A horse whinnying loudly alerted homeowners in Harris Township, PA that something was amiss early Tuesday morning, January 27. A light snow was falling. The temperature hovered around 20 degrees. It was definitely not a good day for a dip in the pool. But a mare and a filly somehow got out of their fenced pasture that morning and broke through the pool cover. Their companion, who remained in the pasture, in all likelihood saved the horses’ lives by making a commotion. “Probably because of the snow fall they meandered out onto the pool and couldn’t tell that they were on the pool,” Kyle Schmoeller says. He works with Centre County’s LifeLink EMS, and was on the scene as the Boalsburg fire and rescue personnel worked to get the horses out of the pool.
The horses were in the deep end of the pool, struggling amid chunks of broken ice. First responders on the scene called for backup from the County Animal Response Team (CART).
“We asked if they had drained the pool,” Brenda Coe says, “but they said the horses had cut the liner, so the pool was draining itself.” Coe is a volunteer with CART in Centre County. “They had some problems, because there were about four inches of ice.” She says they were in the process of constructing steps using pallets and plywood. The pool had no steps they could use.
Within an hour, the two horses were out of the pool and back in their barn. “We got there with lifts,” Coe says, “but they were able to get them out using the pallets.”
A Teachable Moment
Water rescues are not uncommon, and first responders are confident and well-prepared to rescue people and even small animals like dogs from water and ice. But the gut-wrenching sight of two horses struggling in freezing water was a wake-up call. Schmoeller says that the two horses, exhausted and shivering, managed to climb onto an ice shelf, where they calmed down a bit. He says that the horses cooperated with rescuers, but there is a lot that he wants to learn about helping large animals in emergencies.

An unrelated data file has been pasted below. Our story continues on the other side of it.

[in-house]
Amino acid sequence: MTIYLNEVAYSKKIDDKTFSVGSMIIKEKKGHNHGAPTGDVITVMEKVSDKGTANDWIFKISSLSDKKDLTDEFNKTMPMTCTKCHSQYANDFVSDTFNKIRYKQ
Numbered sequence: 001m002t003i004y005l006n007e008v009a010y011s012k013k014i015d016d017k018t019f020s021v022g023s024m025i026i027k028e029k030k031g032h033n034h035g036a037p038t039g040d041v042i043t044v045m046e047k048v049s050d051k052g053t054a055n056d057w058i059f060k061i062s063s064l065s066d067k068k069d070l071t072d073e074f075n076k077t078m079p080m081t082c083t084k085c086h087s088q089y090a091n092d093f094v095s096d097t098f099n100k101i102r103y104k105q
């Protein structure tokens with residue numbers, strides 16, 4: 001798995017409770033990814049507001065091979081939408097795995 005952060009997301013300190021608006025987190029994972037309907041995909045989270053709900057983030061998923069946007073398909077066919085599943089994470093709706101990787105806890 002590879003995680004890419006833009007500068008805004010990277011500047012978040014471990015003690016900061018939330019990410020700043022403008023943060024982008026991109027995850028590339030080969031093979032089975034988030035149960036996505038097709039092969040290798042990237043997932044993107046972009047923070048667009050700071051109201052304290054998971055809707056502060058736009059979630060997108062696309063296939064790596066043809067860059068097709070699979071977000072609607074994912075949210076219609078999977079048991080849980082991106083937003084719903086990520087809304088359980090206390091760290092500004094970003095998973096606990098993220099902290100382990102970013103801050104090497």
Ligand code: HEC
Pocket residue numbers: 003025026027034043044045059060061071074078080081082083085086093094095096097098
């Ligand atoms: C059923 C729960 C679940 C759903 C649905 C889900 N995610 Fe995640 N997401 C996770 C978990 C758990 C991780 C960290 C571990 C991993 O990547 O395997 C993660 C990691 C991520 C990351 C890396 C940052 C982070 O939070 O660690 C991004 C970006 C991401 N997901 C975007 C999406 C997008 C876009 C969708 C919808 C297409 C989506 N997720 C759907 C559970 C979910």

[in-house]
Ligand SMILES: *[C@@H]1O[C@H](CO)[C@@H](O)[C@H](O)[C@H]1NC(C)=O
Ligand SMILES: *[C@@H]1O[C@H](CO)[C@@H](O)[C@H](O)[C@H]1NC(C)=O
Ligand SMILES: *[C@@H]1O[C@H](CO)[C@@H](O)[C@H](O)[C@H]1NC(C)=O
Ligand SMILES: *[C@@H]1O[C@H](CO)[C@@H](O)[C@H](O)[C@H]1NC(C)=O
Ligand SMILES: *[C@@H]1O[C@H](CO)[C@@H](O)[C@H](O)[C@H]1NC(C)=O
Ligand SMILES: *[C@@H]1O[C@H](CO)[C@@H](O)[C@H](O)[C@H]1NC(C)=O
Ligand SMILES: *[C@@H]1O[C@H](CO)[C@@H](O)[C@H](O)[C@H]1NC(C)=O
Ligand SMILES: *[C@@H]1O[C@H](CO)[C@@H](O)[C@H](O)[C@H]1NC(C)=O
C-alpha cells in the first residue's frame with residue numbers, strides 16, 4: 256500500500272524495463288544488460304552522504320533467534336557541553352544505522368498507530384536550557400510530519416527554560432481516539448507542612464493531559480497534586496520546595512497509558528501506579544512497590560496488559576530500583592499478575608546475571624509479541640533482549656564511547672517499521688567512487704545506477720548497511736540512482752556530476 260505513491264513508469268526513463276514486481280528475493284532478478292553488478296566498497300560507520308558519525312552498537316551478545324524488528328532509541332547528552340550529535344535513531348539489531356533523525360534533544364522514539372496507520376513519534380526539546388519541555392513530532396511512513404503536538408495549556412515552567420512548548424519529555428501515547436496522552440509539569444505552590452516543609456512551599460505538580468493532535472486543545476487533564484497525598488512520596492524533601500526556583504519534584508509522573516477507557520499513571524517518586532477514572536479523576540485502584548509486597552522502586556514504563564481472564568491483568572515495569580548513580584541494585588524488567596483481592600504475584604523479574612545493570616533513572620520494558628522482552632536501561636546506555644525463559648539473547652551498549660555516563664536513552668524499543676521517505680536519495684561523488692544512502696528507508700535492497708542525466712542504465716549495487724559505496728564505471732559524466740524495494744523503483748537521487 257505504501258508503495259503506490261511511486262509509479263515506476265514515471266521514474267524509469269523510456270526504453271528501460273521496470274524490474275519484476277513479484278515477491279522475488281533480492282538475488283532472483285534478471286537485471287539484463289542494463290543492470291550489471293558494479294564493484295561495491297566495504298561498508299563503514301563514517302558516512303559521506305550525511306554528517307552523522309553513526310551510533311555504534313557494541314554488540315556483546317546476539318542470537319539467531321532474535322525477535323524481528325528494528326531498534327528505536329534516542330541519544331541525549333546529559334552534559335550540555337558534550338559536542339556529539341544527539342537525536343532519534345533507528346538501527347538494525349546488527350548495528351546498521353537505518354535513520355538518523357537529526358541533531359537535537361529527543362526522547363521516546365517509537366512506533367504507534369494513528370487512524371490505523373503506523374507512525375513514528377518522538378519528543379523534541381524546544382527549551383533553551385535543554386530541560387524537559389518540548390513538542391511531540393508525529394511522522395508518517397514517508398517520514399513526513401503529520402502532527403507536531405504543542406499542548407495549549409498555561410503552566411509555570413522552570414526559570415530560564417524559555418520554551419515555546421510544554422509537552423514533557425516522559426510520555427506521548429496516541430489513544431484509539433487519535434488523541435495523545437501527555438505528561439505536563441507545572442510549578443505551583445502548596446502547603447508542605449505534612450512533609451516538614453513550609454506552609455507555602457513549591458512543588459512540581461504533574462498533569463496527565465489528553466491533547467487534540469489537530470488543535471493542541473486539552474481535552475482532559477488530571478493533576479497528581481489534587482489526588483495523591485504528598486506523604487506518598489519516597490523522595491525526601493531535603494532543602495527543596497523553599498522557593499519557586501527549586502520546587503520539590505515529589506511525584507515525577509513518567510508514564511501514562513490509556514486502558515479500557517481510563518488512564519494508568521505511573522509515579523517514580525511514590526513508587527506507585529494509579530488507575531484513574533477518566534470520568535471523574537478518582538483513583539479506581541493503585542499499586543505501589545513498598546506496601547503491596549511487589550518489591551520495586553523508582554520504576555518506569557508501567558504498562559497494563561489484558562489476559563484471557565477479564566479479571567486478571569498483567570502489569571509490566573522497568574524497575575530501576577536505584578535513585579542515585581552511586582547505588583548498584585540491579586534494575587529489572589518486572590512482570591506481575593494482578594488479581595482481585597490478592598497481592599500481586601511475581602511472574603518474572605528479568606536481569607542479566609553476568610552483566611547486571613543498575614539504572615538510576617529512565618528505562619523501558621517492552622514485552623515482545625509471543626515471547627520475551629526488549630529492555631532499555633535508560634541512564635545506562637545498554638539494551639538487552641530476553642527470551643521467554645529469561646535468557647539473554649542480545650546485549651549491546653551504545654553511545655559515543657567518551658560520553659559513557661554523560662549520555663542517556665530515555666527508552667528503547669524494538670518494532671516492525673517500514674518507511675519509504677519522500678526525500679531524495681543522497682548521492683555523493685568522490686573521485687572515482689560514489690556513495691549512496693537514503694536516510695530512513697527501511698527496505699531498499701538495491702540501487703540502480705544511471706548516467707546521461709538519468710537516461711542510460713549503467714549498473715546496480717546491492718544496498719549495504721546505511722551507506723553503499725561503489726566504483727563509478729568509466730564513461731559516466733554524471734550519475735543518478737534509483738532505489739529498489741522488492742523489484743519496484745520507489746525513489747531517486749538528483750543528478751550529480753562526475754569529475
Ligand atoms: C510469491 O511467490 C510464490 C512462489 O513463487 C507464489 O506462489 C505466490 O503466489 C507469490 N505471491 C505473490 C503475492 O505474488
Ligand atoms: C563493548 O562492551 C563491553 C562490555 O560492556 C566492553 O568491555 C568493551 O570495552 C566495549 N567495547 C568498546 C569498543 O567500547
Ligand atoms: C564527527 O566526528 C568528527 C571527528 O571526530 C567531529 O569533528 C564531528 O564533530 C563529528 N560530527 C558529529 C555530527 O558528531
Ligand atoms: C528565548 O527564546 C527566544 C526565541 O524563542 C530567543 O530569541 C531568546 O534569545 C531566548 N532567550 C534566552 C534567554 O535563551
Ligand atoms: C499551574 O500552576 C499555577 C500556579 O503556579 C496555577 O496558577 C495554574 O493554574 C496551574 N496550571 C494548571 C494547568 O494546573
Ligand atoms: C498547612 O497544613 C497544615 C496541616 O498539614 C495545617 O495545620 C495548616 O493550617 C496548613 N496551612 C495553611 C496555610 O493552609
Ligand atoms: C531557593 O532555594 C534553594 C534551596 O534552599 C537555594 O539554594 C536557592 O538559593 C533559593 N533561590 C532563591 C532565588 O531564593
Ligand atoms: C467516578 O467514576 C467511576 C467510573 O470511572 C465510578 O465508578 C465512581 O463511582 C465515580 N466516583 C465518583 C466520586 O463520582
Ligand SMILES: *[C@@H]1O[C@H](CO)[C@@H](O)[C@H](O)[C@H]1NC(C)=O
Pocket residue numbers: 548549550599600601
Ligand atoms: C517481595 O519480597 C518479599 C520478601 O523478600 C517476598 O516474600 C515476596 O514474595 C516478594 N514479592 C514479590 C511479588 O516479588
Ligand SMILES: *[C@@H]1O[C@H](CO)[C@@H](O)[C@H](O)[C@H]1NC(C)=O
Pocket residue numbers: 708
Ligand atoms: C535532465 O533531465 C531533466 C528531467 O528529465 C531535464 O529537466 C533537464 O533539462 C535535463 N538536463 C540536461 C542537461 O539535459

He says he has registered for a Large Animal Rescue Training (LART) course that Coe’s group is holding in March at Penn State. “Every year for the past three years, we’ve had incidents of horses or cows in ponds, or loose on the highway,” Coe says. She says that each county in Pennsylvania has a CART team, trained to respond along with other emergency groups to situations like the one in Boalsburg. But these rescues are complex and dangerous for both animal and rescuer. That’s why the specialized training is so important.
Preparing for Success
Coe says that her group has been trying to attract more people to the training programs because Pennsylvania’s agricultural and equine industries are so important, and animals don’t always stay where they’re supposed to stay. They wander, like the Boalsburg horses, and often get in trouble.
But large animals are also involved in other emergencies such as fires and floods. A dog or cat that is frightened can pose dangers for rescuers. But a panicked horse or cow can be lethal to someone who doesn’t know enough about animal behavior. The LART course, which will take place over two weekends in March, will include both classroom instruction and hands-on work for participants.
The topics will include farm incident management, animal behavior and handling, foreign animal diseases/biosecurity and zoonotics, animal first aid, emergency euthanasia, professionalism and liability issues. In addition, participants will learn how to move large animals to safety in emergencies such as trailer accidents, water rescues, etc. Those interested in signing up should email the Program Director at Penn State, firstname.lastname@example.org.